Reactive balance control in older adults with diabetes

Research output: Contribution to journalArticle

2 Citations (Scopus)

Abstract

Diabetes mellitus is a major health problem for older adults worldwide and could be associated with impaired ability to recover balance after postural disturbances. This study compared reactive balance control in three groups of adults, young (YA), healthy non-diabetes older (nonDM-OA) and diabetes older (DM-OA). Twenty participants in each group completed a series of vision, plantar cutaneous sensitivity, grip power and lower limb strength tests. In the reactive balance test, participants stood on a force platform and used the dominant hand to pull the handle of a cord that could be suddenly released to create an imbalancing force. The anteroposterior (AP) and mediolateral (ML) motion of the center of pressure (COP) immediately after the sudden release was calculated to represent the level of imbalance experienced by the participants. Regression analysis entering big toe plantar sensitivity and grip power as independent variable was conducted for COP range for the three groups separately. The results showed that, except for the knee extensor, DM-OA had significantly poorer muscle strength and plantar sensitivity, and greater COP ML motion than YA and nonDM-OA. DM-OA also had significantly greater COP AP motion than YA. Grip power alone and together with plantar sensitivity explained a significant amount of variance in the AP and ML COP motion respectively (r2 = 0.334 and 0.582, respectively) for DM-OA. These findings indicated that diabetes in older adults was associated with declines in reactive balance control, and these changes may be related to muscle weakness and plantar insensitivity.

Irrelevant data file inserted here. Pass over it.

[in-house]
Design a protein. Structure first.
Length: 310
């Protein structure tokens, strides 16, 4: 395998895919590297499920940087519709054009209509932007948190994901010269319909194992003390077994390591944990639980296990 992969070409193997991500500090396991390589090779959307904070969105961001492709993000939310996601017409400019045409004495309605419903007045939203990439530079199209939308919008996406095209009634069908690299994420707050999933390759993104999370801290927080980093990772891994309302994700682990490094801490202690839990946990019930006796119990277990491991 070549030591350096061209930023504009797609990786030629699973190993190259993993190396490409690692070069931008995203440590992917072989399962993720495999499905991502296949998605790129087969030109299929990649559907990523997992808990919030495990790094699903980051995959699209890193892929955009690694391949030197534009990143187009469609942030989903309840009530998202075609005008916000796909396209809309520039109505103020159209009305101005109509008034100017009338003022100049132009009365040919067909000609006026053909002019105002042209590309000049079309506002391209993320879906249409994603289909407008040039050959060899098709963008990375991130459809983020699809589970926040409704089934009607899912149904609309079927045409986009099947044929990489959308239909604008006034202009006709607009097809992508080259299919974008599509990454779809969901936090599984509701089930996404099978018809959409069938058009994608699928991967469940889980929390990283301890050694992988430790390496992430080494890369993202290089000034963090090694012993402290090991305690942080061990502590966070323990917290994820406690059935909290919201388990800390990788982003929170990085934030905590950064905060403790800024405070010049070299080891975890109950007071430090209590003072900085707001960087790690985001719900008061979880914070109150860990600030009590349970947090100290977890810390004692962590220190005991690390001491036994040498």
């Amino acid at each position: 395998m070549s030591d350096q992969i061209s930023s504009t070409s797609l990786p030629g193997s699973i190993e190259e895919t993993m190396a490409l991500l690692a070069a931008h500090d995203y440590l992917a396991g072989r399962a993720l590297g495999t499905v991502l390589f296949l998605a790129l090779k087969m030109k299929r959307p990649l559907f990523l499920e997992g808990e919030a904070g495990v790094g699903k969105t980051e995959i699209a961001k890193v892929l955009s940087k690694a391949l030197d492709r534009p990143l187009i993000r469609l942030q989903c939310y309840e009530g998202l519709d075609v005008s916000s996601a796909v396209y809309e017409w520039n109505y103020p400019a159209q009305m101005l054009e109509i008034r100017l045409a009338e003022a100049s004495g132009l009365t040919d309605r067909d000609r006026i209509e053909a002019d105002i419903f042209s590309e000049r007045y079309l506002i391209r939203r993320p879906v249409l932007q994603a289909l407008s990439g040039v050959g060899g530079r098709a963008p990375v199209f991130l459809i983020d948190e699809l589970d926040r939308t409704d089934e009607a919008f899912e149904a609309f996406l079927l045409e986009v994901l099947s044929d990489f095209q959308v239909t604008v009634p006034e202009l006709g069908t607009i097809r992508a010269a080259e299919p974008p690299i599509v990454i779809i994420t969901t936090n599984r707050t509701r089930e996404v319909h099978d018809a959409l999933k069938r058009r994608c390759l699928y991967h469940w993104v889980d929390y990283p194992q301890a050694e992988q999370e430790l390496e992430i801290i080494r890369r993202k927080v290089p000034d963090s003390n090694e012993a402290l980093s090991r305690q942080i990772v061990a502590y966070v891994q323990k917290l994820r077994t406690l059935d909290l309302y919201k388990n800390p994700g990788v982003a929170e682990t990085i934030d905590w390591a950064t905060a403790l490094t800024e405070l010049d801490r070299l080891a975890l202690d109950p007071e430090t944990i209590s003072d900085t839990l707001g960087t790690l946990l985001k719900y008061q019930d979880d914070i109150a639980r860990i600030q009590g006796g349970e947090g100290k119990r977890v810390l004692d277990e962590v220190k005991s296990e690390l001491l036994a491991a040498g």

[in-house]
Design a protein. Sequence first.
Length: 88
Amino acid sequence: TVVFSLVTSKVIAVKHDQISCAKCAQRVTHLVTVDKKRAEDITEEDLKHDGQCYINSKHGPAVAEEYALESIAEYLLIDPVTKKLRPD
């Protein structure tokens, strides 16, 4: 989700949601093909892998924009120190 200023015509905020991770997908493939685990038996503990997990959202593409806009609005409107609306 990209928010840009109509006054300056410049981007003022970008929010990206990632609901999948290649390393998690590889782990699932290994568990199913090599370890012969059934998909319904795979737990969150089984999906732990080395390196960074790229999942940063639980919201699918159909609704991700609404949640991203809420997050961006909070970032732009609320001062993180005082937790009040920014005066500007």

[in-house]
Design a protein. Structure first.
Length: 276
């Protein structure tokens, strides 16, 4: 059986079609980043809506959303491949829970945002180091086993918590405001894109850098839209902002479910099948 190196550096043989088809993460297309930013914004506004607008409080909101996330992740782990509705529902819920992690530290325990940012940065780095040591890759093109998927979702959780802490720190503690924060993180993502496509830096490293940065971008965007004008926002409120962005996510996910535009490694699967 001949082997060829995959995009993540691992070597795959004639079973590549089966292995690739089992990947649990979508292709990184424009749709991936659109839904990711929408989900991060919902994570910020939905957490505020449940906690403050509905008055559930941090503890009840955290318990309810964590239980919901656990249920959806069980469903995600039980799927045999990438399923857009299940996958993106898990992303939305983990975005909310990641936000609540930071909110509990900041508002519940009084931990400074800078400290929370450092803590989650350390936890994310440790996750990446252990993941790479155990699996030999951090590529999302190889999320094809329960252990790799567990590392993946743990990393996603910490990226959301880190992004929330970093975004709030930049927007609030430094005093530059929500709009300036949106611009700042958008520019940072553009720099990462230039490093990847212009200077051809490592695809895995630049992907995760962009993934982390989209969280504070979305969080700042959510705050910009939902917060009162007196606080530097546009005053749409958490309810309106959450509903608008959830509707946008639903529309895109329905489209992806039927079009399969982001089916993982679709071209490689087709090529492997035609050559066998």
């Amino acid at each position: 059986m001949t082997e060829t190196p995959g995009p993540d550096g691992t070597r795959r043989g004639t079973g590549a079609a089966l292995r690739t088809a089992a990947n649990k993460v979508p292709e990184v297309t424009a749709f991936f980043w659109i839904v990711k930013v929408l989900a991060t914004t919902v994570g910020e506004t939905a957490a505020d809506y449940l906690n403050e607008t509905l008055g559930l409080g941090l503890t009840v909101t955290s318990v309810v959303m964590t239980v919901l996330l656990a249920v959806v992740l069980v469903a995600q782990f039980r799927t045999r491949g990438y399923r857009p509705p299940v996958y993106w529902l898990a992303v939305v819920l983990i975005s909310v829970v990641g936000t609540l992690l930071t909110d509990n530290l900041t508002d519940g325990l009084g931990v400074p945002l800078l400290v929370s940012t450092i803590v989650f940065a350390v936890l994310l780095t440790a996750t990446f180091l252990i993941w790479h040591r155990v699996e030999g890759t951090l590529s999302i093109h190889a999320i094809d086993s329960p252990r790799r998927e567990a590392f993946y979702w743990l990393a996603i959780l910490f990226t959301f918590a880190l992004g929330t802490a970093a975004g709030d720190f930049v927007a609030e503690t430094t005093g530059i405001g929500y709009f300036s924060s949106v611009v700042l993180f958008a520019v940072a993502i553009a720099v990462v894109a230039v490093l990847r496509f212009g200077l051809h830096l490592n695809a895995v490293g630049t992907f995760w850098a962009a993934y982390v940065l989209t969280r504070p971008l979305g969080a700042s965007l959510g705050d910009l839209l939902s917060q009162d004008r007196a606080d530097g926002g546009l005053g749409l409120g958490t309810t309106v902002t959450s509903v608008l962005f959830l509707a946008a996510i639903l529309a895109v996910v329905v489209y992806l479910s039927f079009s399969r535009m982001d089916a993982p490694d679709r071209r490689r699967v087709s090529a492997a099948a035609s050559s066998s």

Original languageEnglish
Pages (from-to)67-72
Number of pages6
JournalGait and Posture
Volume61
DOIs
Publication statusPublished - 2018 Mar 1

Fingerprint

Pressure
Hand Strength
Postural Balance
Hallux
Aptitude
Muscle Weakness
Muscle Strength
Young Adult
Lower Extremity
Knee
Diabetes Mellitus
Hand
Regression Analysis
Skin
Health
Power (Psychology)

All Science Journal Classification (ASJC) codes

  • Biophysics
  • Orthopedics and Sports Medicine
  • Rehabilitation

Cite this

@article{7339cec6d28b41e29f56e72a69ce4dd6,
title = "Reactive balance control in older adults with diabetes",